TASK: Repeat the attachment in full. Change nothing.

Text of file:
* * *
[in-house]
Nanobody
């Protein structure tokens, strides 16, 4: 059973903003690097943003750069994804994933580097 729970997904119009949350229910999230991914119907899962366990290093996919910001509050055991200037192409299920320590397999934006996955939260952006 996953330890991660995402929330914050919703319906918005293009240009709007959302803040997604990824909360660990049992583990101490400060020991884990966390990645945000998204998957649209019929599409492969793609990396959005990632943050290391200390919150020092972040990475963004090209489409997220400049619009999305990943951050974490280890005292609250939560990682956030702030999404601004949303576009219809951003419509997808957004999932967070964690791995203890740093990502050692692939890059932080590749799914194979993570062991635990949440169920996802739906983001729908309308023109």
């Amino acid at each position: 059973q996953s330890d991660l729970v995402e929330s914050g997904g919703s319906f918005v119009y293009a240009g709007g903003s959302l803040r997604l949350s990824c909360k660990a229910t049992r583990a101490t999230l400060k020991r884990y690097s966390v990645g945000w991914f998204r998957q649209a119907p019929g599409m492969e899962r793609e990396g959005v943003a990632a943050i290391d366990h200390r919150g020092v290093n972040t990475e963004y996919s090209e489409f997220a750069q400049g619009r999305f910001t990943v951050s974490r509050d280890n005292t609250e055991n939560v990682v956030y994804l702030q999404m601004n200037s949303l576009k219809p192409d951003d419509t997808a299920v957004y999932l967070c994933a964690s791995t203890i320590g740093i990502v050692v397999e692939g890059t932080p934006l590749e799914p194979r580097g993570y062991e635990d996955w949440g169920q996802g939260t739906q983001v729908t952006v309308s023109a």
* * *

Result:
[in-house]
Nanobody
């Protein structure tokens, strides 16, 4: 059973903003690097943003750069994804994933580097 729970997904119009949350229910999230991914119907899962366990290093996919910001509050055991200037192409299920320590397999934006996955939260952006 996953330890991660995402929330914050919703319906918005293009240009709007959302803040997604990824909360660990049992583990101490400060020991884990966390990645945000998204998957649209019929599409492969793609990396959005990632943050290391200390919150020092972040990475963004090209489409997220400049619009999305990943951050974490280890005292609250939560990682956030702030999404601004949303576009219809951003419509997808957004999932967070964690791995203890740093990502050692692939890059932080590749799914194979993570062991635990949440169920996802739906983001729908309308023109």
């Amino acid at each position: 059973q996953s330890d991660l729970v995402e929330s914050g997904g919703s319906f918005v119009y293009a240009g709007g903003s959302l803040r997604l949350s990824c909360k660990a229910t049992r583990a101490t999230l400060k020991r884990y690097s966390v990645g945000w991914f998204r998957q649209a119907p019929g599409m492969e899962r793609e990396g959005v943003a990632a943050i290391d366990h200390r919150g020092v290093n972040t990475e963004y996919s090209e489409f997220a750069q400049g619009r999305f910001t990943v951050s974490r509050d280890n005292t609250e055991n939560v990682v956030y994804l702030q999404m601004n200037s949303l576009k219809p192409d951003d419509t997808a299920v957004y999932l967070c994933a964690s791995t203890i320590g740093i990502v050692v397999e692939g890059t932080p934006l590749e799914p194979r580097g993570y062991e635990d996955w949440g169920q996802g939260t739906q983001v729908t952006v309308s023109a």